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Revised film incentive cap bill wins Senate approval

Seth MacFarlane looks over footage while filming at Bonanza Creek Ranch in 2014. New Mexico legislators are discussing possible changes to the state’s film incentive program.

SANTA FE — A bill pushed by Gov. Michelle Lujan Grisham’s administration that would raise New Mexico’s annual cap on film incentive spending is picking up steam at the Roundhouse.

Senate Bill 2 passed the Senate on a 32-8 vote late Tuesday, just hours after passing its second Senate committee. It now advances to the House.

Despite the quick movement, some senators expressed misgivings.

“The new administration owns this product,” said Sen. John Arthur Smith, D-Deming, the committee’s chairman.

He also described the film incentive program as a “Santa Fe/Albuquerque film credit,” a criticism also leveled by other rural lawmakers.

In its original form, the legislation sponsored by Sen. Nancy Rodriguez, D-Santa Fe, would have removed the state’s annual $50 million cap on film rebate spending, which was signed into law in 2011.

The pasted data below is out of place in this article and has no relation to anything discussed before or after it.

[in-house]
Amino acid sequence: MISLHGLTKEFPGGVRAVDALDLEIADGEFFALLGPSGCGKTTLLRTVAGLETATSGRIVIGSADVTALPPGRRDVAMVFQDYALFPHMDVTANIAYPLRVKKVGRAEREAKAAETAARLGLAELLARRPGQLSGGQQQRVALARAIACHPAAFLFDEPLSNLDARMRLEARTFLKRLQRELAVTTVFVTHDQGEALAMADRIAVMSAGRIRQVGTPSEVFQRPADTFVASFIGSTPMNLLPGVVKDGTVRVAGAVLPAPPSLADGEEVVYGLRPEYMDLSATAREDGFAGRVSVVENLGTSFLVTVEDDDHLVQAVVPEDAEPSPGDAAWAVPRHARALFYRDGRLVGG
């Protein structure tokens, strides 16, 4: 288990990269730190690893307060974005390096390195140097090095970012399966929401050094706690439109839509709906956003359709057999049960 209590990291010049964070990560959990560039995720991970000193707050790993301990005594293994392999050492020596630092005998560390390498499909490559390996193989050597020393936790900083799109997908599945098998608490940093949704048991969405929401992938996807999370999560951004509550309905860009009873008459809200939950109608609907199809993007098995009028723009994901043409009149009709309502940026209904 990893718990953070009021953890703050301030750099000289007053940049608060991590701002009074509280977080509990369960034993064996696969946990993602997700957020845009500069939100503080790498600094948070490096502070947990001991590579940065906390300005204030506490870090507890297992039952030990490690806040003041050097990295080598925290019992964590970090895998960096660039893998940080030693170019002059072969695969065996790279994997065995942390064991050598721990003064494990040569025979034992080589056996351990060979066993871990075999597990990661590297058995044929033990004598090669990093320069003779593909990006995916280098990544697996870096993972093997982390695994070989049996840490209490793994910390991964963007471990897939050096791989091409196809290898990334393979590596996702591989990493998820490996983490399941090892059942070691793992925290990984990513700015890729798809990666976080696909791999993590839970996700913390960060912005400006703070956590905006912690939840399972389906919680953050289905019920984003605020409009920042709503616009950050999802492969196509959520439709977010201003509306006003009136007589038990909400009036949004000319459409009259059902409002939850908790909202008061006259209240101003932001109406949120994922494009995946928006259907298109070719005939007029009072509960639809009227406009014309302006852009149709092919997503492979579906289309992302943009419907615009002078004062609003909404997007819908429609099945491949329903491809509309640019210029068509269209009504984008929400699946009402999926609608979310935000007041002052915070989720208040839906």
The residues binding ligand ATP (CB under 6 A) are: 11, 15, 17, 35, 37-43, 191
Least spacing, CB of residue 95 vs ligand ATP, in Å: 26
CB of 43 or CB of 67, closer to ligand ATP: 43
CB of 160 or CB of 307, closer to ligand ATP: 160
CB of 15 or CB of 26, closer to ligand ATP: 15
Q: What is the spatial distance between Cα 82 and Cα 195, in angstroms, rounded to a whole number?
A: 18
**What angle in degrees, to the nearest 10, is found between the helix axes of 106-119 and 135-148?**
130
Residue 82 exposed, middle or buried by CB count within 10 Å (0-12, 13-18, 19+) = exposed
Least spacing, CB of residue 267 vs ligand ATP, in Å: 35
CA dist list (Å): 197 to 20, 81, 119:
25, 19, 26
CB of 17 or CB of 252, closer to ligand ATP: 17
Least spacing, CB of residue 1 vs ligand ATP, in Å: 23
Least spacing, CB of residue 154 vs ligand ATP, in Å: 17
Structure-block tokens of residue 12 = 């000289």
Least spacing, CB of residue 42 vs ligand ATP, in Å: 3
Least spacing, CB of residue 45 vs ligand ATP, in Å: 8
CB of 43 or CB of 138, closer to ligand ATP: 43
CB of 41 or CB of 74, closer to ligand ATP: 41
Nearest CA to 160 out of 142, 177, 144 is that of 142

But the bill has been significantly retooled, and it currently calls for the spending cap to remain in place but go up to $110 million per year.

In addition, it would authorize the one-time spending of up to $225 million over the next 16 months to pay down a backlog in film incentives that’s estimated to hit $382 million by the end of this year.

Going forward, the measure would implement a $100 million rolling limit on accrued rebates in an attempt to keep the backlog under control.

“This bill is really a game-changer for New Mexico,” said Sen. Jeff Steinborn, D-Las Cruces.

Film industry supporters have argued the annual spending cap on rebates has stymied industry growth and led to some big-dollar film and TV productions going to other states for shooting.

But critics have questioned the need for the subsidies and argued the money could be better spent on other state programs.

New Mexico’s film incentive program functions as a rebate, offers a 25 percent tax rebate to film companies for most direct, in-state expenditures while long-running TV programs are eligible for an additional 5 percent — or 30 percent in all.

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